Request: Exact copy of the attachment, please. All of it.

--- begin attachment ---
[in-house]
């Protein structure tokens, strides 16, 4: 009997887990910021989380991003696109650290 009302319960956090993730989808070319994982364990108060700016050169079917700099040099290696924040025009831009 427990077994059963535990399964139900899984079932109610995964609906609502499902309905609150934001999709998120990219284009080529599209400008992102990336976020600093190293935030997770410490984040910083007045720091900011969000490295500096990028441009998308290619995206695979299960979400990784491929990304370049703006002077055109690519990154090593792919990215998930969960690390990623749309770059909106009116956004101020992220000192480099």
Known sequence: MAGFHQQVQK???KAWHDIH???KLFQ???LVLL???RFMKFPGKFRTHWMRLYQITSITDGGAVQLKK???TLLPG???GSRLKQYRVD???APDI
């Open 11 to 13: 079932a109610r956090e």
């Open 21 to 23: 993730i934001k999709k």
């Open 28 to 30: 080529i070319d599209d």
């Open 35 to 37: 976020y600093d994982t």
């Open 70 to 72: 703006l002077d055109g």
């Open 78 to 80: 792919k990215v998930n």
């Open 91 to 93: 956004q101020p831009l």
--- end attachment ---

[in-house]
């Protein structure tokens, strides 16, 4: 009997887990910021989380991003696109650290 009302319960956090993730989808070319994982364990108060700016050169079917700099040099290696924040025009831009 427990077994059963535990399964139900899984079932109610995964609906609502499902309905609150934001999709998120990219284009080529599209400008992102990336976020600093190293935030997770410490984040910083007045720091900011969000490295500096990028441009998308290619995206695979299960979400990784491929990304370049703006002077055109690519990154090593792919990215998930969960690390990623749309770059909106009116956004101020992220000192480099």
Known sequence: MAGFHQQVQK???KAWHDIH???KLFQ???LVLL???RFMKFPGKFRTHWMRLYQITSITDGGAVQLKK???TLLPG???GSRLKQYRVD???APDI
């Open 11 to 13: 079932a109610r956090e």
């Open 21 to 23: 993730i934001k999709k």
């Open 28 to 30: 080529i070319d599209d």
């Open 35 to 37: 976020y600093d994982t």
């Open 70 to 72: 703006l002077d055109g």
């Open 78 to 80: 792919k990215v998930n």
């Open 91 to 93: 956004q101020p831009l």